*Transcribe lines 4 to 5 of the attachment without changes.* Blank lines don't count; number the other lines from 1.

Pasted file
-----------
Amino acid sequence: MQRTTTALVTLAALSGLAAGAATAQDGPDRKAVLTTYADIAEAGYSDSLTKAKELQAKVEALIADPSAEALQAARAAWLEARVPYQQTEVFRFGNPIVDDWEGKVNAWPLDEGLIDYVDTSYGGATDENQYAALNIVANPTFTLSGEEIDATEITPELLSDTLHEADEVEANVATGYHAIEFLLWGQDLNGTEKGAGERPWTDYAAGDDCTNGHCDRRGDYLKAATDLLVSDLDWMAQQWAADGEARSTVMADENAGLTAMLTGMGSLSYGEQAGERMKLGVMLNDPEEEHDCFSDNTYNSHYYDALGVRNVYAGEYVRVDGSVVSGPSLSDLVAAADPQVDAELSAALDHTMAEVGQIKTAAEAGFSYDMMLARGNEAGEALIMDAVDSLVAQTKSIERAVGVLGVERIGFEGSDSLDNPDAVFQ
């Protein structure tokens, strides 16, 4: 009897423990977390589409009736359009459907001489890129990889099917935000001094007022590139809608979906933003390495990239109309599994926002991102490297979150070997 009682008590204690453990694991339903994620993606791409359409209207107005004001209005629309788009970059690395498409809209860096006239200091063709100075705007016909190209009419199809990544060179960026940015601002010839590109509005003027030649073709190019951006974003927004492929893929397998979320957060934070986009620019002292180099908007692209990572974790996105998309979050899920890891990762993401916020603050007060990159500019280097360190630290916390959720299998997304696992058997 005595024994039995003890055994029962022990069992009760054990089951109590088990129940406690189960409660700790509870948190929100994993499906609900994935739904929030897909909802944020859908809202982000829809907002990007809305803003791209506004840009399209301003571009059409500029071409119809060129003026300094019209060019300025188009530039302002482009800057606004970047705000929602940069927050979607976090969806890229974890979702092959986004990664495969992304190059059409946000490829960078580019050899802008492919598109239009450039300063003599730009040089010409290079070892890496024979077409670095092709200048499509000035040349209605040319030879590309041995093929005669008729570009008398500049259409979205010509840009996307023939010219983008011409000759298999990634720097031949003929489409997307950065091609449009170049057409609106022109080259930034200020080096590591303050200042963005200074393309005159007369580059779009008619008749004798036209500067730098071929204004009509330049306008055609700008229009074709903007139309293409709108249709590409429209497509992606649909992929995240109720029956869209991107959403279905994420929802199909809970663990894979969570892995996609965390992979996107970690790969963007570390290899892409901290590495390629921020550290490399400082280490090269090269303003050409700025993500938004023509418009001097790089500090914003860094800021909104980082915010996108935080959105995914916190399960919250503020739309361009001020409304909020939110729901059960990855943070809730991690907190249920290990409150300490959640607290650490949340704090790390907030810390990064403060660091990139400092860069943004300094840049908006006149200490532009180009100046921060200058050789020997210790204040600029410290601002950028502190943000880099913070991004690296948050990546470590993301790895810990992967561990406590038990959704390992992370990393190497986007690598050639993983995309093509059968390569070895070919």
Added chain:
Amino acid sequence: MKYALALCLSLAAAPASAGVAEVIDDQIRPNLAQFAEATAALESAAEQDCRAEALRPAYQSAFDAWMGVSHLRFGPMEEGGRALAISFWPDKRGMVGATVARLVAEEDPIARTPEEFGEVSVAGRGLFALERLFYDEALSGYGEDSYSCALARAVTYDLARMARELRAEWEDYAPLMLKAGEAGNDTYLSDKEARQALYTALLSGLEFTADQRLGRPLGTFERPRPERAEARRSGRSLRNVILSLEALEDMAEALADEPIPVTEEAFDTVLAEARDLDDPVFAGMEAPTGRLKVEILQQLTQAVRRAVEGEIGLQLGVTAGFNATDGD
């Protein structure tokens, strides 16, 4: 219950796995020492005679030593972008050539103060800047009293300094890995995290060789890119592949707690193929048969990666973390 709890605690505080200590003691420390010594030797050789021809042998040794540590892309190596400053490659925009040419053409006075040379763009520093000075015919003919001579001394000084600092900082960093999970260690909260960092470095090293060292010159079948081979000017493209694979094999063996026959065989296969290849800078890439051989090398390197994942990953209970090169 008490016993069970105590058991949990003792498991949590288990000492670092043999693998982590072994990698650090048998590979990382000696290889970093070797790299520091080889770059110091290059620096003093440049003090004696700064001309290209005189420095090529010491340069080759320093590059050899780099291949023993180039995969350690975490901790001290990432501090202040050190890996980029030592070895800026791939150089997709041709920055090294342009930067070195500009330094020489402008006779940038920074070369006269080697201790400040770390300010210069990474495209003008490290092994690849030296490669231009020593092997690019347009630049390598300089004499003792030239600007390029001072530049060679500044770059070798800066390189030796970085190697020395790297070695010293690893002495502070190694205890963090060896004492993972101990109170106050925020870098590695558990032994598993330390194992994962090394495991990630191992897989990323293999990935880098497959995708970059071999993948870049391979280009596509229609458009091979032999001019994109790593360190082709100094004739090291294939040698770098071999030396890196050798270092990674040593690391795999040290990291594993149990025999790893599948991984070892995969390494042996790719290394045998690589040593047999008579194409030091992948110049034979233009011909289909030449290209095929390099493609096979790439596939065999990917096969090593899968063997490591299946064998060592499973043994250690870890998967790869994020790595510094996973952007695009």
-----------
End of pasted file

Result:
Amino acid sequence: MKYALALCLSLAAAPASAGVAEVIDDQIRPNLAQFAEATAALESAAEQDCRAEALRPAYQSAFDAWMGVSHLRFGPMEEGGRALAISFWPDKRGMVGATVARLVAEEDPIARTPEEFGEVSVAGRGLFALERLFYDEALSGYGEDSYSCALARAVTYDLARMARELRAEWEDYAPLMLKAGEAGNDTYLSDKEARQALYTALLSGLEFTADQRLGRPLGTFERPRPERAEARRSGRSLRNVILSLEALEDMAEALADEPIPVTEEAFDTVLAEARDLDDPVFAGMEAPTGRLKVEILQQLTQAVRRAVEGEIGLQLGVTAGFNATDGD
């Protein structure tokens, strides 16, 4: 219950796995020492005679030593972008050539103060800047009293300094890995995290060789890119592949707690193929048969990666973390 709890605690505080200590003691420390010594030797050789021809042998040794540590892309190596400053490659925009040419053409006075040379763009520093000075015919003919001579001394000084600092900082960093999970260690909260960092470095090293060292010159079948081979000017493209694979094999063996026959065989296969290849800078890439051989090398390197994942990953209970090169 008490016993069970105590058991949990003792498991949590288990000492670092043999693998982590072994990698650090048998590979990382000696290889970093070797790299520091080889770059110091290059620096003093440049003090004696700064001309290209005189420095090529010491340069080759320093590059050899780099291949023993180039995969350690975490901790001290990432501090202040050190890996980029030592070895800026791939150089997709041709920055090294342009930067070195500009330094020489402008006779940038920074070369006269080697201790400040770390300010210069990474495209003008490290092994690849030296490669231009020593092997690019347009630049390598300089004499003792030239600007390029001072530049060679500044770059070798800066390189030796970085190697020395790297070695010293690893002495502070190694205890963090060896004492993972101990109170106050925020870098590695558990032994598993330390194992994962090394495991990630191992897989990323293999990935880098497959995708970059071999993948870049391979280009596509229609458009091979032999001019994109790593360190082709100094004739090291294939040698770098071999030396890196050798270092990674040593690391795999040290990291594993149990025999790893599948991984070892995969390494042996790719290394045998690589040593047999008579194409030091992948110049034979233009011909289909030449290209095929390099493609096979790439596939065999990917096969090593899968063997490591299946064998060592499973043994250690870890998967790869994020790595510094996973952007695009």